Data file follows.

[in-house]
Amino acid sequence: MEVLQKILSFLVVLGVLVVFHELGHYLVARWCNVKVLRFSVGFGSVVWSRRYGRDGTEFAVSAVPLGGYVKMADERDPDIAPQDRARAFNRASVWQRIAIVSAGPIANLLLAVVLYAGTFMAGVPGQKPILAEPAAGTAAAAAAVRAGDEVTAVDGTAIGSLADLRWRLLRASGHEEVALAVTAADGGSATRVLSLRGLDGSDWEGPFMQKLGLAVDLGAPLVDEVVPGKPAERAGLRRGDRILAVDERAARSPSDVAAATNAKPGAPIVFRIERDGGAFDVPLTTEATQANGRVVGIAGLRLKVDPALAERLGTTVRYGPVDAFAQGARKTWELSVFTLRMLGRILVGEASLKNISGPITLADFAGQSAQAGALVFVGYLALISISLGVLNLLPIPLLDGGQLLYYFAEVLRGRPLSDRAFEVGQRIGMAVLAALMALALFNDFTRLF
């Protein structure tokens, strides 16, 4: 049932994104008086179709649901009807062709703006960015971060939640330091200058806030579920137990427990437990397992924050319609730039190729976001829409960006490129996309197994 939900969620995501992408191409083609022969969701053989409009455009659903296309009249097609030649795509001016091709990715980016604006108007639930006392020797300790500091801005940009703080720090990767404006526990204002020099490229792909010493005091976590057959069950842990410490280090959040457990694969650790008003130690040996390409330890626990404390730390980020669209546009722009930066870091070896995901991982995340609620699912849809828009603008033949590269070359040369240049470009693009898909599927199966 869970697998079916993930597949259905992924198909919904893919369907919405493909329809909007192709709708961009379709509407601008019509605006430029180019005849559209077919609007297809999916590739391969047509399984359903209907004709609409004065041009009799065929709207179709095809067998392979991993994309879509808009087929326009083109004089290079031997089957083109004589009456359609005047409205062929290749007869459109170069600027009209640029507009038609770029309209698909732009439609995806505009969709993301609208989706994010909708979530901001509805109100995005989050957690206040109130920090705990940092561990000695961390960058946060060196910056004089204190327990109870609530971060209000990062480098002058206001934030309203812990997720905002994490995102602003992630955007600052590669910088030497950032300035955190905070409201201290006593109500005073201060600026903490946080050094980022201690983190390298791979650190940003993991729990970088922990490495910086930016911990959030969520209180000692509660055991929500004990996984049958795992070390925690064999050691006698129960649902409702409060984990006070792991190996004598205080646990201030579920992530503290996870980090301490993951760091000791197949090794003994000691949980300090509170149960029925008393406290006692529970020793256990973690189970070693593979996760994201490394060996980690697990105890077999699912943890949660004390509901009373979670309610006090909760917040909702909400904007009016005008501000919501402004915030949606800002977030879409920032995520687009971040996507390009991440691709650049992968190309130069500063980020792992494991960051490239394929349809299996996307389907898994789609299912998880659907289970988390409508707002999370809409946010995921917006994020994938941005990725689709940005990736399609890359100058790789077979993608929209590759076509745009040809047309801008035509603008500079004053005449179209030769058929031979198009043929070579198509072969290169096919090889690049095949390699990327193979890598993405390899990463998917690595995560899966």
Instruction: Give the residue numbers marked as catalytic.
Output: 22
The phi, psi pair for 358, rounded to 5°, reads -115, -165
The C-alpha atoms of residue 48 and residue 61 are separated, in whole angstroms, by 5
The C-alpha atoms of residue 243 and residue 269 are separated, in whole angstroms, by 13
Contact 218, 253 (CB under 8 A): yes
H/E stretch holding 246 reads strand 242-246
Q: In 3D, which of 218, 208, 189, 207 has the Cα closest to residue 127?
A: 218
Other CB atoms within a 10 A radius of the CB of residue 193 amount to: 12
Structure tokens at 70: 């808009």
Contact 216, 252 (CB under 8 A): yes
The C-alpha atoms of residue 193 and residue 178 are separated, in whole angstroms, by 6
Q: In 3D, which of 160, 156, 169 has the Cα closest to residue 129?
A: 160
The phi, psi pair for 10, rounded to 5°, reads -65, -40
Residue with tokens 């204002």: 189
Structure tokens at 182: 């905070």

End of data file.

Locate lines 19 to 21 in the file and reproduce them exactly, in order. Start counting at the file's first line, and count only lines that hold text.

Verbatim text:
The phi, psi pair for 10, rounded to 5°, reads -65, -40
Residue with tokens 């204002």: 189
Structure tokens at 182: 């905070």